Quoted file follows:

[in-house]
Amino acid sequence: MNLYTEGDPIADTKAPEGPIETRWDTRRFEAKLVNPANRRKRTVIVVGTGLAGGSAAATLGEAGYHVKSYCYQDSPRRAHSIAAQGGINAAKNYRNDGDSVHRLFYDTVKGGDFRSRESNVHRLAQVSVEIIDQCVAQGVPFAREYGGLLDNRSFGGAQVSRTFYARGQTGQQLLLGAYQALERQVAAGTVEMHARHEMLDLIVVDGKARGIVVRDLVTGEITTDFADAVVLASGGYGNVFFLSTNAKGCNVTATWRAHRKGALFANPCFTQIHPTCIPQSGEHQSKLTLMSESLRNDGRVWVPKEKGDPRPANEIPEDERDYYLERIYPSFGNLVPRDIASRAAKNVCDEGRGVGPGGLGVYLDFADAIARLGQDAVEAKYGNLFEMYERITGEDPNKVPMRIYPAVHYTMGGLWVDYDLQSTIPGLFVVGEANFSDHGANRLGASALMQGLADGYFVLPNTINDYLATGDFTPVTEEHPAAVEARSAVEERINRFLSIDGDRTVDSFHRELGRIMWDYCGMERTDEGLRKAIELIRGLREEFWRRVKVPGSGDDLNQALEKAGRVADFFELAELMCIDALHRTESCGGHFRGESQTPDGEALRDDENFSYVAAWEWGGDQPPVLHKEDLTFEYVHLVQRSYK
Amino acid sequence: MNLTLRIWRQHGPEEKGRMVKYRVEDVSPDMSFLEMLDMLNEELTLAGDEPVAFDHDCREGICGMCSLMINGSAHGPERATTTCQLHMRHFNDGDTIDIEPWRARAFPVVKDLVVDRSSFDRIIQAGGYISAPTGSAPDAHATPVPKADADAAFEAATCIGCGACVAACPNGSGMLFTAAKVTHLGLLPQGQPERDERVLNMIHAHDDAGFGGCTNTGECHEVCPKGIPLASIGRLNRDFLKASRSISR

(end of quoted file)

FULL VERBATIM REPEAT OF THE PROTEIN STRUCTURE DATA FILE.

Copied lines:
[in-house]
Amino acid sequence: MNLYTEGDPIADTKAPEGPIETRWDTRRFEAKLVNPANRRKRTVIVVGTGLAGGSAAATLGEAGYHVKSYCYQDSPRRAHSIAAQGGINAAKNYRNDGDSVHRLFYDTVKGGDFRSRESNVHRLAQVSVEIIDQCVAQGVPFAREYGGLLDNRSFGGAQVSRTFYARGQTGQQLLLGAYQALERQVAAGTVEMHARHEMLDLIVVDGKARGIVVRDLVTGEITTDFADAVVLASGGYGNVFFLSTNAKGCNVTATWRAHRKGALFANPCFTQIHPTCIPQSGEHQSKLTLMSESLRNDGRVWVPKEKGDPRPANEIPEDERDYYLERIYPSFGNLVPRDIASRAAKNVCDEGRGVGPGGLGVYLDFADAIARLGQDAVEAKYGNLFEMYERITGEDPNKVPMRIYPAVHYTMGGLWVDYDLQSTIPGLFVVGEANFSDHGANRLGASALMQGLADGYFVLPNTINDYLATGDFTPVTEEHPAAVEARSAVEERINRFLSIDGDRTVDSFHRELGRIMWDYCGMERTDEGLRKAIELIRGLREEFWRRVKVPGSGDDLNQALEKAGRVADFFELAELMCIDALHRTESCGGHFRGESQTPDGEALRDDENFSYVAAWEWGGDQPPVLHKEDLTFEYVHLVQRSYK
Amino acid sequence: MNLTLRIWRQHGPEEKGRMVKYRVEDVSPDMSFLEMLDMLNEELTLAGDEPVAFDHDCREGICGMCSLMINGSAHGPERATTTCQLHMRHFNDGDTIDIEPWRARAFPVVKDLVVDRSSFDRIIQAGGYISAPTGSAPDAHATPVPKADADAAFEAATCIGCGACVAACPNGSGMLFTAAKVTHLGLLPQGQPERDERVLNMIHAHDDAGFGGCTNTGECHEVCPKGIPLASIGRLNRDFLKASRSISR